Jump to content

  • Log In with Google      Sign In   
  • Create Account


ratio and number of samples


Old topic!
Guest, the last post of this topic is over 60 days old and at this point you may not reply in this topic. If you wish to continue this conversation start a new topic.

  • You cannot reply to this topic
2 replies to this topic

#1 lomateron   Members   -  Reputation: 302

Like
0Likes
Like

Posted 07 February 2014 - 02:40 AM

I have a table full of heads

Each head took a test and the only thing I know about the test of each head are their results

The results show the total number of questions and the number of correct answers 

Each head has a different total number of questions

I have to select the most intelligent head

 

Q=total number of questions

A=correct answers

 

one head took only 1 question and got it correct, other head took 4 and 3 were correct, is second head more intelligent than first?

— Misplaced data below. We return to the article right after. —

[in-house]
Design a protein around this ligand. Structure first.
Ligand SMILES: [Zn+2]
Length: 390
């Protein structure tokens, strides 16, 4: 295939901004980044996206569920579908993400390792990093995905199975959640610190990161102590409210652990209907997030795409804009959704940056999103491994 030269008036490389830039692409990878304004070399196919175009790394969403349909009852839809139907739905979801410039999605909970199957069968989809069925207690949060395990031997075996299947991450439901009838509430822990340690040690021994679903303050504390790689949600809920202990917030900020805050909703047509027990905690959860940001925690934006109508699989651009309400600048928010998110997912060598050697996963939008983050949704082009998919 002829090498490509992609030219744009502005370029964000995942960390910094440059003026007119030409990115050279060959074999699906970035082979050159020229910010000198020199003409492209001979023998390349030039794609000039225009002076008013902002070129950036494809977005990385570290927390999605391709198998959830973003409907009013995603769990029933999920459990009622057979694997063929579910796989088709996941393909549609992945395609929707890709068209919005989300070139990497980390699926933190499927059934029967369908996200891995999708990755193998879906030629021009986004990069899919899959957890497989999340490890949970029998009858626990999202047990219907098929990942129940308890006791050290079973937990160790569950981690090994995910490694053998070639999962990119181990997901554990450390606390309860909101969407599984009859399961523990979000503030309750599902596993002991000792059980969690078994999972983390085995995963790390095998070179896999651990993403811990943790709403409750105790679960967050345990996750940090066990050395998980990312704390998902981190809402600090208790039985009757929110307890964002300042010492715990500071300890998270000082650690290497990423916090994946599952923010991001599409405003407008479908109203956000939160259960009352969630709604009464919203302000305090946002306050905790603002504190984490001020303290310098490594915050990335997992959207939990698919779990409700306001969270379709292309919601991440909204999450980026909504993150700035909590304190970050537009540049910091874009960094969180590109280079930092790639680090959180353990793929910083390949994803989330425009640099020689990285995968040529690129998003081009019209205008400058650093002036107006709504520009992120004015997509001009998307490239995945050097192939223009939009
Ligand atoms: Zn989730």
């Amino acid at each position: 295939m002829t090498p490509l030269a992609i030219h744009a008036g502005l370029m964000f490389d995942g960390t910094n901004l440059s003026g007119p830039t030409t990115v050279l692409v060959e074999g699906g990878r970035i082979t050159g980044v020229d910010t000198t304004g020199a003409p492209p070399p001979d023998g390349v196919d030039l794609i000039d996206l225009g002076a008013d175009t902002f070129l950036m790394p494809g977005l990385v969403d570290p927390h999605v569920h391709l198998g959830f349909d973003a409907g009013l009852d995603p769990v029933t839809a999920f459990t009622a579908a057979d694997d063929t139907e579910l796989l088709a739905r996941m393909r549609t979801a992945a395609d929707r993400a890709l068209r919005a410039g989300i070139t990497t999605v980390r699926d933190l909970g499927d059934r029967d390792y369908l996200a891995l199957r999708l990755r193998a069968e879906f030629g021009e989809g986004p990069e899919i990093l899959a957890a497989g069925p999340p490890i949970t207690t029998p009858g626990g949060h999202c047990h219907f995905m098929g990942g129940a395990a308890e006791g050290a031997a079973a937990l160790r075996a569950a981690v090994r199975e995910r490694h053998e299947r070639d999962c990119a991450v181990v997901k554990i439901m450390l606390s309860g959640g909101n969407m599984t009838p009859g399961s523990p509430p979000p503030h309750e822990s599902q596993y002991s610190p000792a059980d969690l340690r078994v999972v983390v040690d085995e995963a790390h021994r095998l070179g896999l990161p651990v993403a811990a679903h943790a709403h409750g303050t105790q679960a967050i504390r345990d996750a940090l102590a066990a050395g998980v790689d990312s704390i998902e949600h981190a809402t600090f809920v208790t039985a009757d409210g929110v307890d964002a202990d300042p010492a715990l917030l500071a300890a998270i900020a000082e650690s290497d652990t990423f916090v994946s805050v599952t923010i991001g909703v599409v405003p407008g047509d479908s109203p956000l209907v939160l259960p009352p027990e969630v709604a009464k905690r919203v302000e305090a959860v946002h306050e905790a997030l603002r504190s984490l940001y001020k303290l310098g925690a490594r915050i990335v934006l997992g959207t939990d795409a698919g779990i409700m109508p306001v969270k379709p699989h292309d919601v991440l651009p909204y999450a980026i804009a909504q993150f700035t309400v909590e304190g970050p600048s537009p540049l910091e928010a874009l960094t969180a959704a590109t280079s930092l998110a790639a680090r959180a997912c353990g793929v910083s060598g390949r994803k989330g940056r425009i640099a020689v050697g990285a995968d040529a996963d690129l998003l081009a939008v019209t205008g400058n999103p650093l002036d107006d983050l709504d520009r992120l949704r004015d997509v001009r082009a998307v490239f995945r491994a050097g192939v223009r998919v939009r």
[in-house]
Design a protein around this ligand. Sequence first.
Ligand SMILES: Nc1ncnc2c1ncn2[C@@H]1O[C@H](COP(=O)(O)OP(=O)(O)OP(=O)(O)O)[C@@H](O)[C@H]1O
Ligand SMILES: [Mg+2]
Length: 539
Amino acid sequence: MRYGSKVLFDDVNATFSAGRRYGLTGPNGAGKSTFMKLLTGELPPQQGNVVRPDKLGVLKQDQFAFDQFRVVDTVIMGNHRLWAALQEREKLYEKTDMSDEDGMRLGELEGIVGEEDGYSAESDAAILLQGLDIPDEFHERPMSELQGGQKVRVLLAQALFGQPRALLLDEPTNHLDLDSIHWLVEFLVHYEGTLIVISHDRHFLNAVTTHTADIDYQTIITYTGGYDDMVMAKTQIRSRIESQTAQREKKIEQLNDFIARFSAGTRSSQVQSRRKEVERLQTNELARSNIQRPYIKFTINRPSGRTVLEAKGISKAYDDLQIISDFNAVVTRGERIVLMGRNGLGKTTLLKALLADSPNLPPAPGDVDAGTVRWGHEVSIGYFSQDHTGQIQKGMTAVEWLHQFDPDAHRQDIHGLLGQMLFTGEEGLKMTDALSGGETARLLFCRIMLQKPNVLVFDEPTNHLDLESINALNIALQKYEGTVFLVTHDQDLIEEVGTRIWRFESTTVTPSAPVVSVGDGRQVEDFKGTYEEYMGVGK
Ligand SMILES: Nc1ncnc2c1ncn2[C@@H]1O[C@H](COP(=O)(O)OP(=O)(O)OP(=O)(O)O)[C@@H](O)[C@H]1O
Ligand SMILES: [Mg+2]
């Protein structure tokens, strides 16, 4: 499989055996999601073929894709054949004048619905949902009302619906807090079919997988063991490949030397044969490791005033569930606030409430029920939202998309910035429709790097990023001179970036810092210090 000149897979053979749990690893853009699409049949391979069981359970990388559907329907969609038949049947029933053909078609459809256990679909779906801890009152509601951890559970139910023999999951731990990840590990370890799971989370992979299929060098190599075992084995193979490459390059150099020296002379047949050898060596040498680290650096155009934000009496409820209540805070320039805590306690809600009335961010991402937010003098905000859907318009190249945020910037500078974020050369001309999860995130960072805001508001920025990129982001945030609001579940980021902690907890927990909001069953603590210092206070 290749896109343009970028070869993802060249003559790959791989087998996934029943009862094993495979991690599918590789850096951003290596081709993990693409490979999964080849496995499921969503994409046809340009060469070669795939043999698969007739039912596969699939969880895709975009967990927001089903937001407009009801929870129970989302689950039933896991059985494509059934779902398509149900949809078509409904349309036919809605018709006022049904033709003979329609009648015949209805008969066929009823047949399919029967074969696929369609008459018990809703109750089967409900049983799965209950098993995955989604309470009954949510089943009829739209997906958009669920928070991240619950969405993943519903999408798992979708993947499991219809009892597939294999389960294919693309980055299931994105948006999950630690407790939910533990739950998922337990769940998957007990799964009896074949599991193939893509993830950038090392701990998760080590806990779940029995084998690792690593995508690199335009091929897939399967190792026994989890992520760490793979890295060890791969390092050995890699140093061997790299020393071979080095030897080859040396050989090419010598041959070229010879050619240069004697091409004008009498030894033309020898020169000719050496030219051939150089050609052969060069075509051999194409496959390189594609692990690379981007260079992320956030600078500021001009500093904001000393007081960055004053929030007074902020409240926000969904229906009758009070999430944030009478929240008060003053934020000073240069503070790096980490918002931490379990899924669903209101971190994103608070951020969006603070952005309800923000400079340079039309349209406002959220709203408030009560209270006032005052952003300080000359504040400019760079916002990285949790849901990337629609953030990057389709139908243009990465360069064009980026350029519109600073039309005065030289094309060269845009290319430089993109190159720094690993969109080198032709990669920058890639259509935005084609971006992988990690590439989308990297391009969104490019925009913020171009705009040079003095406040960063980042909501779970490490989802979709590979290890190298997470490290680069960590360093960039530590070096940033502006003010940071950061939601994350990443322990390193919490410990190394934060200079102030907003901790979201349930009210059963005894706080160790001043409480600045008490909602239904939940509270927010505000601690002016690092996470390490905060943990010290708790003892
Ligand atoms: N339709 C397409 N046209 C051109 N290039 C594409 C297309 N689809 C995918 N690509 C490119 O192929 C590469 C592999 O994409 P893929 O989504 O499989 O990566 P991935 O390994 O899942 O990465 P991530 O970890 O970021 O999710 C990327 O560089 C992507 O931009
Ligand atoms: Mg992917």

what can I do?

 



Sponsor:

#2 Álvaro   Crossbones+   -  Reputation: 12003

Like
1Likes
Like

Posted 07 February 2014 - 03:18 AM

Let's imagine each head has a true probability of getting a question right, but this probability is hidden to you. If you start with a prior that the probability is uniformly distributed between 0 and 1, after A correct answers and B incorrect answers the posterior distribution is a beta distribution with parameters alpha=A+1 and beta=B+1. Now we can easily compute the expected value of the hidden probability to be the mean of the posterior distribution, alpha/(alpha+beta) = (A+1)/(A+B+2).

So in your case, the first head gets a expected hidden probability of 2/3, while the other head's is 4/6, which is the same. However, looking at the mean only is a bit simplistic. The probability that the second head is more intelligent than the first head is actually 10/21 = .47619.

But of course, the answer would be different with a different prior distribution of hidden probabilities.

Is this homework?

#3 lomateron   Members   -  Reputation: 302

Like
0Likes
Like

Posted 07 February 2014 - 03:55 AM

no


Edited by lomateron, 07 February 2014 - 04:04 AM.





Old topic!
Guest, the last post of this topic is over 60 days old and at this point you may not reply in this topic. If you wish to continue this conversation start a new topic.



PARTNERS